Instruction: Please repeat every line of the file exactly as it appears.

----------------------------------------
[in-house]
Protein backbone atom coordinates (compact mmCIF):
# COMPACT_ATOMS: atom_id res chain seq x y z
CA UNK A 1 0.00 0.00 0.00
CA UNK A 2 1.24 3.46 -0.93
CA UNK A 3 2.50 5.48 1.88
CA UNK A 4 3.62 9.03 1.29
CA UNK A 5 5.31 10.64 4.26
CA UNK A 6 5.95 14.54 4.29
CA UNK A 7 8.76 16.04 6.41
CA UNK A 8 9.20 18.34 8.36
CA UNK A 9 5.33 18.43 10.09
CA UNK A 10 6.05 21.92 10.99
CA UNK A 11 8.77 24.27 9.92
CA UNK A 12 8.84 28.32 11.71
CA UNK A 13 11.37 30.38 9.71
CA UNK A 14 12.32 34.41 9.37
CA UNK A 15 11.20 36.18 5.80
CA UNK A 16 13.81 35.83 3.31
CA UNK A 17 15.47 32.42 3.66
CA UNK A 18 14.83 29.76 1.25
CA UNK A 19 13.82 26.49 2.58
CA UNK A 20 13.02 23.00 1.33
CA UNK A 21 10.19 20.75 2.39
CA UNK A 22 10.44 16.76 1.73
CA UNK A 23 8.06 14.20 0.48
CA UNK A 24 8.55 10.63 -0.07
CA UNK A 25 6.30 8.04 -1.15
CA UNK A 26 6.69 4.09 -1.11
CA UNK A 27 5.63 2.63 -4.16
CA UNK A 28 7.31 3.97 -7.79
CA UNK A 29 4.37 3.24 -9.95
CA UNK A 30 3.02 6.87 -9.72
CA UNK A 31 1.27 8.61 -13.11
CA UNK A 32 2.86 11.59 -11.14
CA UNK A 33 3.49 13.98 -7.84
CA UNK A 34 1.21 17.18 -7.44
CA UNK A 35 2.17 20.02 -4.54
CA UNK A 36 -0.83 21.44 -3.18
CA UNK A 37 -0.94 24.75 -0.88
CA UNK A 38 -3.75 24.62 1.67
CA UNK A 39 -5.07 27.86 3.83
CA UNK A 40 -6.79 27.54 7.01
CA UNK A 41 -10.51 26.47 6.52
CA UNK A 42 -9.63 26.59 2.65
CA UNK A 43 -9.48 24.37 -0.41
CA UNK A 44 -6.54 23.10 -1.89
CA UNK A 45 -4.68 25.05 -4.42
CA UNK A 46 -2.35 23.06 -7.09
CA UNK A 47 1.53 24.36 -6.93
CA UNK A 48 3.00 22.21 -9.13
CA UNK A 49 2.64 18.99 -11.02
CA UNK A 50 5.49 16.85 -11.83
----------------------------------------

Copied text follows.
[in-house]
Protein backbone atom coordinates (compact mmCIF):
# COMPACT_ATOMS: atom_id res chain seq x y z
CA UNK A 1 0.00 0.00 0.00
CA UNK A 2 1.24 3.46 -0.93
CA UNK A 3 2.50 5.48 1.88
CA UNK A 4 3.62 9.03 1.29
CA UNK A 5 5.31 10.64 4.26
CA UNK A 6 5.95 14.54 4.29
CA UNK A 7 8.76 16.04 6.41
CA UNK A 8 9.20 18.34 8.36
CA UNK A 9 5.33 18.43 10.09
CA UNK A 10 6.05 21.92 10.99
CA UNK A 11 8.77 24.27 9.92
CA UNK A 12 8.84 28.32 11.71
CA UNK A 13 11.37 30.38 9.71
CA UNK A 14 12.32 34.41 9.37
CA UNK A 15 11.20 36.18 5.80
CA UNK A 16 13.81 35.83 3.31
CA UNK A 17 15.47 32.42 3.66
CA UNK A 18 14.83 29.76 1.25
CA UNK A 19 13.82 26.49 2.58
CA UNK A 20 13.02 23.00 1.33
CA UNK A 21 10.19 20.75 2.39
CA UNK A 22 10.44 16.76 1.73
CA UNK A 23 8.06 14.20 0.48
CA UNK A 24 8.55 10.63 -0.07
CA UNK A 25 6.30 8.04 -1.15
CA UNK A 26 6.69 4.09 -1.11
CA UNK A 27 5.63 2.63 -4.16
CA UNK A 28 7.31 3.97 -7.79
CA UNK A 29 4.37 3.24 -9.95
CA UNK A 30 3.02 6.87 -9.72
CA UNK A 31 1.27 8.61 -13.11
CA UNK A 32 2.86 11.59 -11.14
CA UNK A 33 3.49 13.98 -7.84
CA UNK A 34 1.21 17.18 -7.44
CA UNK A 35 2.17 20.02 -4.54
CA UNK A 36 -0.83 21.44 -3.18
CA UNK A 37 -0.94 24.75 -0.88
CA UNK A 38 -3.75 24.62 1.67
CA UNK A 39 -5.07 27.86 3.83
CA UNK A 40 -6.79 27.54 7.01
CA UNK A 41 -10.51 26.47 6.52
CA UNK A 42 -9.63 26.59 2.65
CA UNK A 43 -9.48 24.37 -0.41
CA UNK A 44 -6.54 23.10 -1.89
CA UNK A 45 -4.68 25.05 -4.42
CA UNK A 46 -2.35 23.06 -7.09
CA UNK A 47 1.53 24.36 -6.93
CA UNK A 48 3.00 22.21 -9.13
CA UNK A 49 2.64 18.99 -11.02
CA UNK A 50 5.49 16.85 -11.83